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When Is a Privately Held Business ESOP-Ready?

Steps for assessing feasibility and setting up an employee stock ownership plan

John Vitucci is a principal and Timothy Desmond is a partner at O’Connor Davies, a certified public accounting firm with offices in New York, New Jersey, Connecticut and Maryland. Both are members of the firm’s employee benefits practice.

An employee stock ownership plan (ESOP) can provide significant benefits to shareholders, management and employees of a privately owned business.

ESOPs provide businesses with financial liquidity and can be an alternative for business owners who might otherwise consider selling their company to a third party, such as a private equity group. ESOPs also provide employees with an ownership interest in the company they work for, and stock holdings that can grow into a valuable retirement benefit.

The government provides significant tax incentives for businesses to create ESOPs. Most studies show that asset growth in these plans outpace 401(k)s, and thus ESOPs can substantially augment participants’ retirement incomes. Given those factors, it's no surprise that the total number of ESOPs—and the number of employees they cover—has grown over the last decade, and that there are currently more than 10,000 ESOPs in the U.S.

Yet despite this recent upward trend, the number of ESOPs is still far below what it should be, according to most experts. Many industry pundits point to a lack of understanding of the complex workings of ESOPs as a chief reason these plans have not been more widely adopted as a profit-sharing tool.

The Benefits of Providing an ESOP

On the plus side of the ESOP ledger, employers should consider the following benefits:

  • Wealth creation. The tax benefits can offer significant wealth creation for shareholders, management and employees.
  • Greater employee engagement. By providing employees with a direct stake in the company’s success, ESOPs increase employee engagement and performance.
  • Liquidity. As an alternative to a traditional acquisition or private equity funding, ESOPs create liquidity for shareholders by selling the business or parts of it to employees at competitive valuation—and in some cases, at significant tax savings to the sellers. These transactions can be financed by outsiders or by sellers, creating multiple means of liquidity.
  • Income/asset protection. Qualified as a retirement plan, an ESOP is a protected asset under the Employee Retirement Income Security Act, meaning that, as cash is distributed from the business to the ESOP, these distributions are safeguarded in the event of bankruptcy.
  • Ownership diversification. Unlike private equity transactions, an ESOP creates an opportunity to diversify the ownership of a closely held business without giving up operational control.
  • Stability. As a means of succession planning, ESOPs provide corporate stability through major leadership transitions.

When to Consider an ESOP

An ESOP can be created at any time in the life cycle of a business. Whether it is a newly formed private equity venture, a manufacturing business, an engineering firm or a mature family-run enterprise, ESOP integration is not conditioned by a business’s age.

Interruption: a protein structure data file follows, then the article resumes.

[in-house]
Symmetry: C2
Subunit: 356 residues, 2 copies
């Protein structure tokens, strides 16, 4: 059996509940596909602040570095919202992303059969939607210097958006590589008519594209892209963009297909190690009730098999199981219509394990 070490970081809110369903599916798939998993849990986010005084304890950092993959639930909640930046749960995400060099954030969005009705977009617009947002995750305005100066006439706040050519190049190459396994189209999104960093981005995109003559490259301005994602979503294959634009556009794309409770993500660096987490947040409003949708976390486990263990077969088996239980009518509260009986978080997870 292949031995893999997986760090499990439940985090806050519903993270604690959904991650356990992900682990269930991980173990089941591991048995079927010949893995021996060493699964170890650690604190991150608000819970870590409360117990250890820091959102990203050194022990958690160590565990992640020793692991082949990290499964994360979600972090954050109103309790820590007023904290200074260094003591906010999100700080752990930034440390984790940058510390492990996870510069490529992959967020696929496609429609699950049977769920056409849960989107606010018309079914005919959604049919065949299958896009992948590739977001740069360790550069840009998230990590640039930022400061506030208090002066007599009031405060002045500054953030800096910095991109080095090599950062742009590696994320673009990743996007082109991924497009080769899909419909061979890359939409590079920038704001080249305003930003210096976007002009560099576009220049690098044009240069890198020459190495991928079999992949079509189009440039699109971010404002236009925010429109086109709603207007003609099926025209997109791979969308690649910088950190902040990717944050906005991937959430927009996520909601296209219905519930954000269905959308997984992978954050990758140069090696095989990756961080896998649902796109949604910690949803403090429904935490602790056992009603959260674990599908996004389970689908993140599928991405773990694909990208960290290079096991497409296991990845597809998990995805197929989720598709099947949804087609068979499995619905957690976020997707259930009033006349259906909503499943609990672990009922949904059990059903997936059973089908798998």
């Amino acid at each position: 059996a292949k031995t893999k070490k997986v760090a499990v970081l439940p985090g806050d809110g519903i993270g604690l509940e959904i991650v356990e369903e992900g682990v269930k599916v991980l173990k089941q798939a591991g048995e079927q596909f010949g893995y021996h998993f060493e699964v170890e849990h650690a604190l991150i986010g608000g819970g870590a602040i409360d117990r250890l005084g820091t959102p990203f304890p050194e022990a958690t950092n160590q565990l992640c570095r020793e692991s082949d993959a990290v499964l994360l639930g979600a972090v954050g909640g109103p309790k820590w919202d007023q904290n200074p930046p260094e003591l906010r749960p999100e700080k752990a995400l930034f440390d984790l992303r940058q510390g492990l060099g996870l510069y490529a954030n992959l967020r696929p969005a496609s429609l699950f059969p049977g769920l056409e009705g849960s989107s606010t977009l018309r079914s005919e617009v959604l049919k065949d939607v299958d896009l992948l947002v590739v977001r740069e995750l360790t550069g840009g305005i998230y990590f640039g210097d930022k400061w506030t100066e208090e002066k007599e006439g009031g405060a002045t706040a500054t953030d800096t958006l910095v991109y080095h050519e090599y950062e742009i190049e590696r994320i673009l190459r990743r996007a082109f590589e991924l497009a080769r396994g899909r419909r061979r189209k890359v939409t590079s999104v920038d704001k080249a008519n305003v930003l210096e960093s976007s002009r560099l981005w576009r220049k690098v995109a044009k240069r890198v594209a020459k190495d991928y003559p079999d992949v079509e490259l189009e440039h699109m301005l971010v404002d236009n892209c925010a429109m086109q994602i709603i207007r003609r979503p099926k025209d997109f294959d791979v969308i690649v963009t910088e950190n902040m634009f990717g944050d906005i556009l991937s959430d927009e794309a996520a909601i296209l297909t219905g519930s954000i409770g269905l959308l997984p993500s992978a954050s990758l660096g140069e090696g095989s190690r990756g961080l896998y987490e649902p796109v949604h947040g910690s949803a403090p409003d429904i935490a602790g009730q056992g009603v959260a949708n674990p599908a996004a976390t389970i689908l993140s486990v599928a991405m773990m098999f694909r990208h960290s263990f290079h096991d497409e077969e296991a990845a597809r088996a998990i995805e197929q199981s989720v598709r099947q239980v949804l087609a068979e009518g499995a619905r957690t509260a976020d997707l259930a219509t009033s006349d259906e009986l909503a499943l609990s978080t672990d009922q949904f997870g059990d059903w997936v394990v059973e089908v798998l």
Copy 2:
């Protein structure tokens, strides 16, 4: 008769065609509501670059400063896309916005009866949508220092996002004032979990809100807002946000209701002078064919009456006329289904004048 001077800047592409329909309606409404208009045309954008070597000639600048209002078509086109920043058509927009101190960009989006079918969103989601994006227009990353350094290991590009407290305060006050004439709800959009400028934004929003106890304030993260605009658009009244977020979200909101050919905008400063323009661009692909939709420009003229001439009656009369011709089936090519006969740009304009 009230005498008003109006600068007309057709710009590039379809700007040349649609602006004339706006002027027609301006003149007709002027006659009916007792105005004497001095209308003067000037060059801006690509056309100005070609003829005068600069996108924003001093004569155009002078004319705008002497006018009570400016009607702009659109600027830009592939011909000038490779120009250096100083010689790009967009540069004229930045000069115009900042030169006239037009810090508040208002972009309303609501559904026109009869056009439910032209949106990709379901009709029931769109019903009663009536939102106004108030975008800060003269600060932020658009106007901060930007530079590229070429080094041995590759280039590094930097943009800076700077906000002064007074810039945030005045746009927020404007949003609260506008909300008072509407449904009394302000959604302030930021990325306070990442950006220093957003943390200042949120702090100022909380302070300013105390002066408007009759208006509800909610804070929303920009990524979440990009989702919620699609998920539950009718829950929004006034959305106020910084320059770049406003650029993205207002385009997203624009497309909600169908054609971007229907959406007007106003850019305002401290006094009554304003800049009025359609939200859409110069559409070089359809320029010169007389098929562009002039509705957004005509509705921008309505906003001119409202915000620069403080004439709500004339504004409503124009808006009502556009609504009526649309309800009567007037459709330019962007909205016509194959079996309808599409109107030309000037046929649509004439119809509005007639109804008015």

Instead, the relevant characteristics of a business that may be ready to include an ESOP in its retirement portfolio include:

  • Desire for ownership diversification and wealth creation.
  • A growing, profitable business (as a financially healthy business is best suited to implement an ESOP).
  • An ownership group that is not reluctant to allow additional stakeholders—their employees—to share in the company’s equity.

Every company’s corporate makeup and financial situation is distinct, so individual business valuations are critical in determining whether or not the inclusion of an ESOP is the right step for a given business. An ESOP cannot save a highly indebted business or one with a poor business model, but it can be a powerful tool for a company that exhibits the above qualities.

How to Create an ESOP

Best practices for ESOP implementation include:

  • Perform a preliminary feasibility study. The first step in creating an ESOP is to perform a feasibility study. This step will help determine whether the company’s financial profile and demographics match an ESOP’s needs (business earnings, debt capacity, a consistent and long-term workforce, supportive leadership). More importantly, the goal of this step is to discuss whether there is sufficient business value to appeal to shareholders. If the answer is no, the process ends here.
  • Hire a legal advisor. The legal advisor will advise the company on the ESOP legal rules and the steps required to execute an ESOP.
  • Select a trustee. The trustee of an ESOP is generally an independent fiduciary who represents the ESOP participants. This generally prevents a conflict of interest with management or current business owners. As a trustee, this individual is generally responsible for hiring the ESOP’s valuation firm and the ESOP’s own legal advisor.
  • Set up plan parameters. The trustee and the seller negotiate the final valuation and the plan design. The key is to not have an excessive valuation that puts too much debt and financial strain on the business and its ability to succeed going forward.
  • Implement the plan. This is the execution of the ESOP, and involves obtaining IRS plan approval, setting up corporate governance for the ongoing administration of the plan, and using employee communications to promote its use and foster greater engagement, now that workers have the opportunity to become stockholders.

Related News Articles:

Why Advisory Firms Need an Employee Ownership Plan, On Wall Street, November 2015

IRS: Prototype ESOP Documents Now Allowed, Morgan Lewis, October 2015

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